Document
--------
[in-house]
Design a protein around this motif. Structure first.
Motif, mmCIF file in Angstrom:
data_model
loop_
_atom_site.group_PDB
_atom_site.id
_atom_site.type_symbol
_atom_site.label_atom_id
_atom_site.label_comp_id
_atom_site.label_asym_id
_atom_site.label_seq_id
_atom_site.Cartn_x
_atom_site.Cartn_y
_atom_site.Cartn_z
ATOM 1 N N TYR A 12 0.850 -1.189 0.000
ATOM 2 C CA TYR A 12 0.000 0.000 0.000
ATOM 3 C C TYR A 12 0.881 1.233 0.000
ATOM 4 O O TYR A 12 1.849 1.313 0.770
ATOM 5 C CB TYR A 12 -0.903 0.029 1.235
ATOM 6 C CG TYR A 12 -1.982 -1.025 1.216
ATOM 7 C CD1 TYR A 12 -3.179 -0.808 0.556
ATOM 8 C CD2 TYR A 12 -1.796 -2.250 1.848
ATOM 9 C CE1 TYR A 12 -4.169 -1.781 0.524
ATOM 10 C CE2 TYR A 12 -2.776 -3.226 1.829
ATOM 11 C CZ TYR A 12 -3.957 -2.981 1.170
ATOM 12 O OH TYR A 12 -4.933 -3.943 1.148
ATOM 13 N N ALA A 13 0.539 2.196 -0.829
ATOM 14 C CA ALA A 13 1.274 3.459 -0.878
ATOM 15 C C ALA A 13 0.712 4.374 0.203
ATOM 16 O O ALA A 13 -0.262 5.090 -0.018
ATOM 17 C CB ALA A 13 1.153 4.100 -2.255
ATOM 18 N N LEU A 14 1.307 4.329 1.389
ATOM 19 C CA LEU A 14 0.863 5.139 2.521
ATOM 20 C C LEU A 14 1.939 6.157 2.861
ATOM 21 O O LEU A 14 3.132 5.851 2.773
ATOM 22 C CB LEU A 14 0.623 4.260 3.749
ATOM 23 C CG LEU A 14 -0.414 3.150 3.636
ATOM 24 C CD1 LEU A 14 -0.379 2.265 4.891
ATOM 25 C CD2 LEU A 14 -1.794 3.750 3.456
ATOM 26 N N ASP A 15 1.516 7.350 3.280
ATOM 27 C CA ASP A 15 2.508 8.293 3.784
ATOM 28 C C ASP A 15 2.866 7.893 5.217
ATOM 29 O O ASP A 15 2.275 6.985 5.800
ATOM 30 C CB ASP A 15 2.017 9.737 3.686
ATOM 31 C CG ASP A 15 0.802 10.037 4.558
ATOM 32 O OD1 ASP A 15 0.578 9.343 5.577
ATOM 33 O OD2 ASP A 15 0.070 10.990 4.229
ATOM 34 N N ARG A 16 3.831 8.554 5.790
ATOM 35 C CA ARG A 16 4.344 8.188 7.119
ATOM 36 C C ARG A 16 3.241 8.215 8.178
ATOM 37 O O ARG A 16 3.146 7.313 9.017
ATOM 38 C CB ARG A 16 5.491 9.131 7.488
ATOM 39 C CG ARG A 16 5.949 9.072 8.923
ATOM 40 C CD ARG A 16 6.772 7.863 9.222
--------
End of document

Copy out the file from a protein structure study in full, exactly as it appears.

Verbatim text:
[in-house]
Design a protein around this motif. Structure first.
Motif, mmCIF file in Angstrom:
data_model
loop_
_atom_site.group_PDB
_atom_site.id
_atom_site.type_symbol
_atom_site.label_atom_id
_atom_site.label_comp_id
_atom_site.label_asym_id
_atom_site.label_seq_id
_atom_site.Cartn_x
_atom_site.Cartn_y
_atom_site.Cartn_z
ATOM 1 N N TYR A 12 0.850 -1.189 0.000
ATOM 2 C CA TYR A 12 0.000 0.000 0.000
ATOM 3 C C TYR A 12 0.881 1.233 0.000
ATOM 4 O O TYR A 12 1.849 1.313 0.770
ATOM 5 C CB TYR A 12 -0.903 0.029 1.235
ATOM 6 C CG TYR A 12 -1.982 -1.025 1.216
ATOM 7 C CD1 TYR A 12 -3.179 -0.808 0.556
ATOM 8 C CD2 TYR A 12 -1.796 -2.250 1.848
ATOM 9 C CE1 TYR A 12 -4.169 -1.781 0.524
ATOM 10 C CE2 TYR A 12 -2.776 -3.226 1.829
ATOM 11 C CZ TYR A 12 -3.957 -2.981 1.170
ATOM 12 O OH TYR A 12 -4.933 -3.943 1.148
ATOM 13 N N ALA A 13 0.539 2.196 -0.829
ATOM 14 C CA ALA A 13 1.274 3.459 -0.878
ATOM 15 C C ALA A 13 0.712 4.374 0.203
ATOM 16 O O ALA A 13 -0.262 5.090 -0.018
ATOM 17 C CB ALA A 13 1.153 4.100 -2.255
ATOM 18 N N LEU A 14 1.307 4.329 1.389
ATOM 19 C CA LEU A 14 0.863 5.139 2.521
ATOM 20 C C LEU A 14 1.939 6.157 2.861
ATOM 21 O O LEU A 14 3.132 5.851 2.773
ATOM 22 C CB LEU A 14 0.623 4.260 3.749
ATOM 23 C CG LEU A 14 -0.414 3.150 3.636
ATOM 24 C CD1 LEU A 14 -0.379 2.265 4.891
ATOM 25 C CD2 LEU A 14 -1.794 3.750 3.456
ATOM 26 N N ASP A 15 1.516 7.350 3.280
ATOM 27 C CA ASP A 15 2.508 8.293 3.784
ATOM 28 C C ASP A 15 2.866 7.893 5.217
ATOM 29 O O ASP A 15 2.275 6.985 5.800
ATOM 30 C CB ASP A 15 2.017 9.737 3.686
ATOM 31 C CG ASP A 15 0.802 10.037 4.558
ATOM 32 O OD1 ASP A 15 0.578 9.343 5.577
ATOM 33 O OD2 ASP A 15 0.070 10.990 4.229
ATOM 34 N N ARG A 16 3.831 8.554 5.790
ATOM 35 C CA ARG A 16 4.344 8.188 7.119
ATOM 36 C C ARG A 16 3.241 8.215 8.178
ATOM 37 O O ARG A 16 3.146 7.313 9.017
ATOM 38 C CB ARG A 16 5.491 9.131 7.488
ATOM 39 C CG ARG A 16 5.949 9.072 8.923
ATOM 40 C CD ARG A 16 6.772 7.863 9.222